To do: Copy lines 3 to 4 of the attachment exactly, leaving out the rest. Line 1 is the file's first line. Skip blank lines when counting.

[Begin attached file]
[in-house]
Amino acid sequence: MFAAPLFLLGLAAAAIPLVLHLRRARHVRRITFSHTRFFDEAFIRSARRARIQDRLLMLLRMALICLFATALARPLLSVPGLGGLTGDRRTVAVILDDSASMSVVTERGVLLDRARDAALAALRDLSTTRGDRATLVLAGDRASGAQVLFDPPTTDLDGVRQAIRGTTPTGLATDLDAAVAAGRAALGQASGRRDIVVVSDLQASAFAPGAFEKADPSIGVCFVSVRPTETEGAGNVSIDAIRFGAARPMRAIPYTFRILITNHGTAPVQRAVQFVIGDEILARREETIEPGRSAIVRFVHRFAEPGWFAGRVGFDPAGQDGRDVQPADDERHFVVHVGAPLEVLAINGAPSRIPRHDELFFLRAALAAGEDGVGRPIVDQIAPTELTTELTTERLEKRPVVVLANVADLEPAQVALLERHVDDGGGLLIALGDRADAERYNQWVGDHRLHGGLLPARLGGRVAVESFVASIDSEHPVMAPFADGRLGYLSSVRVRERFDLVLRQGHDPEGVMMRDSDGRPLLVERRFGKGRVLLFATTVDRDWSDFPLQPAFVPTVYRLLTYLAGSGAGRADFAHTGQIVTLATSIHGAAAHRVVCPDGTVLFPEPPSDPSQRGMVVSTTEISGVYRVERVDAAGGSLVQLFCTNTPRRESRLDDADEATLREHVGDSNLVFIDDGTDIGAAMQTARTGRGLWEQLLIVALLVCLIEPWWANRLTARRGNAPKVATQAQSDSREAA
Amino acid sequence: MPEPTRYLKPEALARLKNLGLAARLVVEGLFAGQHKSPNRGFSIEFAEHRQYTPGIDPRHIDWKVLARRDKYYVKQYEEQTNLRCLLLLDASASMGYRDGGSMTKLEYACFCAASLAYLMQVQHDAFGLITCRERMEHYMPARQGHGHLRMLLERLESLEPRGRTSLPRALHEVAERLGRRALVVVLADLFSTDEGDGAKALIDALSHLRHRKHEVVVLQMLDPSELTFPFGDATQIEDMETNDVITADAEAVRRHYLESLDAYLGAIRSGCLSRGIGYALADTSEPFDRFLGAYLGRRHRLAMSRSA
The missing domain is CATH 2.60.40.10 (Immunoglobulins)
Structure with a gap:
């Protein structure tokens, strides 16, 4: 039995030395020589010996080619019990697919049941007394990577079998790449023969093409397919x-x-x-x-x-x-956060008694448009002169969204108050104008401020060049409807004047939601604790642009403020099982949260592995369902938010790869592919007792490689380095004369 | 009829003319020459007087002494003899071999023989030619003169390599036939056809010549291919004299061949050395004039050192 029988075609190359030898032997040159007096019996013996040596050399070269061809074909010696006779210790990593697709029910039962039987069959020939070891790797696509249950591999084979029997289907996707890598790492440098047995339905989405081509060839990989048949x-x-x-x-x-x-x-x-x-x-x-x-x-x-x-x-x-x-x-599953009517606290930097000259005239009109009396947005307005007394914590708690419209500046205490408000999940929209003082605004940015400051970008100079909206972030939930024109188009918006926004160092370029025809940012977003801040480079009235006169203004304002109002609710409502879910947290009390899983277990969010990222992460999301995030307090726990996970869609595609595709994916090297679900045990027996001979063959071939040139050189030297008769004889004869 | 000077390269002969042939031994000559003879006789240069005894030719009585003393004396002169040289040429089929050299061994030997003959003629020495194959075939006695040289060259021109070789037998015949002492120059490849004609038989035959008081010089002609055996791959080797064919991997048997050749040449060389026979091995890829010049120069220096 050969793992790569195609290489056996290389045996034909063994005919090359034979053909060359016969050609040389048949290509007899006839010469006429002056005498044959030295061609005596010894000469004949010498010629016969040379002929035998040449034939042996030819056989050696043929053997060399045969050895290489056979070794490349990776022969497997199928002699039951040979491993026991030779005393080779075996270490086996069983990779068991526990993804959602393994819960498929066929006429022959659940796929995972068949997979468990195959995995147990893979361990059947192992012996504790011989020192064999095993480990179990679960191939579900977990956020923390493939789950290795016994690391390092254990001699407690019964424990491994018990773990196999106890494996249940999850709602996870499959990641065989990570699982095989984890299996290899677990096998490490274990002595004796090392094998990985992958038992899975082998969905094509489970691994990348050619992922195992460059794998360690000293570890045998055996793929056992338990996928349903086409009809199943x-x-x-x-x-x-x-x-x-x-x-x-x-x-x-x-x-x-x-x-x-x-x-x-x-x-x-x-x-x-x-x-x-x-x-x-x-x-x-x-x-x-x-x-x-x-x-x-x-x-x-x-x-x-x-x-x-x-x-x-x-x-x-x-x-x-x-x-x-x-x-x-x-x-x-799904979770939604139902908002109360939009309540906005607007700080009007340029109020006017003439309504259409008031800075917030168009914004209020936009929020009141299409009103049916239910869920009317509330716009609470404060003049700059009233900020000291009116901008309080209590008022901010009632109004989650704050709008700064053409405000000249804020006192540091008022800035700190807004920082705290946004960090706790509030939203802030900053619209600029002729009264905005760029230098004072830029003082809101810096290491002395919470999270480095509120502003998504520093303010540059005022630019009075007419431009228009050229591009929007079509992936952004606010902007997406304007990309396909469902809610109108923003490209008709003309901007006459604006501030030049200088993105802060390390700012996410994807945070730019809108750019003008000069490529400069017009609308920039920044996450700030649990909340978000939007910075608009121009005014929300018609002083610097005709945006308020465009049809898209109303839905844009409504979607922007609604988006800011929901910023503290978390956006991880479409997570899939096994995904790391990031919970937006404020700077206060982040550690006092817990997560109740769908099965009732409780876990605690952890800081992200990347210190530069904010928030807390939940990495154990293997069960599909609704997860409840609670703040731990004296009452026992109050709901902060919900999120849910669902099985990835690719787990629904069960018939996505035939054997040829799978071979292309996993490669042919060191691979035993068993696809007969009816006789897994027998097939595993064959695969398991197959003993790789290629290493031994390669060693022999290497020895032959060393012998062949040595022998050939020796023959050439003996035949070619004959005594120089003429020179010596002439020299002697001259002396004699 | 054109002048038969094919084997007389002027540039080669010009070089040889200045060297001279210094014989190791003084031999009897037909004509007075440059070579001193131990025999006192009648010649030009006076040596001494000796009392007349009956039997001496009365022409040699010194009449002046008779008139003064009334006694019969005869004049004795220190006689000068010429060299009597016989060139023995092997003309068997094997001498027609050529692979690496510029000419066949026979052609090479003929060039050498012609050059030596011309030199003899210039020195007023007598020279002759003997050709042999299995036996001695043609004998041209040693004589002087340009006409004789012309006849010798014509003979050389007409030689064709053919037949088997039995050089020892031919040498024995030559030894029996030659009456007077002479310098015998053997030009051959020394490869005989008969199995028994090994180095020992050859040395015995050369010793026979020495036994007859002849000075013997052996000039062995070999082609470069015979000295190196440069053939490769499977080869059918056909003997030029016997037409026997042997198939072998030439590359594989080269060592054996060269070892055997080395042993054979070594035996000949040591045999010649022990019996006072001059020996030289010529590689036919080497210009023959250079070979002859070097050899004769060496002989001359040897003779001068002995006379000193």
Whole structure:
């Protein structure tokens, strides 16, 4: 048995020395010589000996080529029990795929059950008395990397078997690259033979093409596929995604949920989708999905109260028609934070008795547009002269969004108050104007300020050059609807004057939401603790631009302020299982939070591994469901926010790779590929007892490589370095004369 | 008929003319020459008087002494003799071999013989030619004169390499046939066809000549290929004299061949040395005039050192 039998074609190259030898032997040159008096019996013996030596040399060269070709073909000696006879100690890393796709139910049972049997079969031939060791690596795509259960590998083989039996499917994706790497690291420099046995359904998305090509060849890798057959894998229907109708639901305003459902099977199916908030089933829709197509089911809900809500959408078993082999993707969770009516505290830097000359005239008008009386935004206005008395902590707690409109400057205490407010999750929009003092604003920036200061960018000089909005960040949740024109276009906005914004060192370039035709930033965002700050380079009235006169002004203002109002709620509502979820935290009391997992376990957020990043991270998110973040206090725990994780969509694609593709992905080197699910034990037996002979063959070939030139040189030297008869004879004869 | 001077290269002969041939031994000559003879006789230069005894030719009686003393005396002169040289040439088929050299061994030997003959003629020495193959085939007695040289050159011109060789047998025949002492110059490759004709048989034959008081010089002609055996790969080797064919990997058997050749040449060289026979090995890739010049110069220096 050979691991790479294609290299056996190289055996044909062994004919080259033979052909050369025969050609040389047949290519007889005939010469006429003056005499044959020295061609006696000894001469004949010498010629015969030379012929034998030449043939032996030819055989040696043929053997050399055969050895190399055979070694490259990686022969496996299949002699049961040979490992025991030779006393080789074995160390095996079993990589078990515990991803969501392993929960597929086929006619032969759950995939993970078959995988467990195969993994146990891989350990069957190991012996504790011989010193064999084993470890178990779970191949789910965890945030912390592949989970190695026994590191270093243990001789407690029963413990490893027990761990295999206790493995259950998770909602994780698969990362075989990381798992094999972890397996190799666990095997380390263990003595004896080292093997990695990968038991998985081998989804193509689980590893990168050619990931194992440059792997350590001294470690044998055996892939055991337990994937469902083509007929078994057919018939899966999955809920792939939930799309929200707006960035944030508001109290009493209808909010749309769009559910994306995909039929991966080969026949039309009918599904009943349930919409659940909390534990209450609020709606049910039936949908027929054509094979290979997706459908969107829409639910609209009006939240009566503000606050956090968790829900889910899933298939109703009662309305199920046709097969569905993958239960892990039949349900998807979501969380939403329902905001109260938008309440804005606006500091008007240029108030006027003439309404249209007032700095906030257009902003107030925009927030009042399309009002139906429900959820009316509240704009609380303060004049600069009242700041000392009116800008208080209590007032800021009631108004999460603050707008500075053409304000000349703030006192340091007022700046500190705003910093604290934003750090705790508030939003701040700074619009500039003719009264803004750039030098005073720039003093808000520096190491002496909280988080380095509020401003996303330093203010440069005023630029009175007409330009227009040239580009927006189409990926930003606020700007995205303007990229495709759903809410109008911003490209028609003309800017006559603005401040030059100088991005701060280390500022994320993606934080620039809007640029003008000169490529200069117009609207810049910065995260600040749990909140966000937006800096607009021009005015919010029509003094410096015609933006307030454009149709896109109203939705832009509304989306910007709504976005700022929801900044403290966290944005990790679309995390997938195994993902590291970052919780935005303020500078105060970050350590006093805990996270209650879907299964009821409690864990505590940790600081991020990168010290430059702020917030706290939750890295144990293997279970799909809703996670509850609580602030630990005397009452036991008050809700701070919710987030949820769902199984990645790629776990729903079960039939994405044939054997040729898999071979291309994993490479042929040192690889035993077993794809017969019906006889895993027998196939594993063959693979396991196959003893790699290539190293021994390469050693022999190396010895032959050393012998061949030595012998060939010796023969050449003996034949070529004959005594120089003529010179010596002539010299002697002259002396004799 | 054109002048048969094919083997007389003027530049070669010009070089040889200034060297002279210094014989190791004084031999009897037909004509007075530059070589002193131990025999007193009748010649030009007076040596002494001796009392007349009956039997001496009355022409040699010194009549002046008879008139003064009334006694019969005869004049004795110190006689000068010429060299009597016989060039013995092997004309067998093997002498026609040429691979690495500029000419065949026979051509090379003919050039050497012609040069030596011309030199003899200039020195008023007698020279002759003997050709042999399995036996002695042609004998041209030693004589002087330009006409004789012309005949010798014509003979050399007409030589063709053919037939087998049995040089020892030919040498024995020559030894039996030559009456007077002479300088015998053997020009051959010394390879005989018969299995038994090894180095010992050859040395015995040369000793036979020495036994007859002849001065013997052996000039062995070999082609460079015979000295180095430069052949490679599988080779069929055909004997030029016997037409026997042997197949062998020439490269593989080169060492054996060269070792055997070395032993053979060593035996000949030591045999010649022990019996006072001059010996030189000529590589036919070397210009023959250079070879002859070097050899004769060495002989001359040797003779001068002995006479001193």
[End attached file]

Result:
Amino acid sequence: MPEPTRYLKPEALARLKNLGLAARLVVEGLFAGQHKSPNRGFSIEFAEHRQYTPGIDPRHIDWKVLARRDKYYVKQYEEQTNLRCLLLLDASASMGYRDGGSMTKLEYACFCAASLAYLMQVQHDAFGLITCRERMEHYMPARQGHGHLRMLLERLESLEPRGRTSLPRALHEVAERLGRRALVVVLADLFSTDEGDGAKALIDALSHLRHRKHEVVVLQMLDPSELTFPFGDATQIEDMETNDVITADAEAVRRHYLESLDAYLGAIRSGCLSRGIGYALADTSEPFDRFLGAYLGRRHRLAMSRSA
The missing domain is CATH 2.60.40.10 (Immunoglobulins)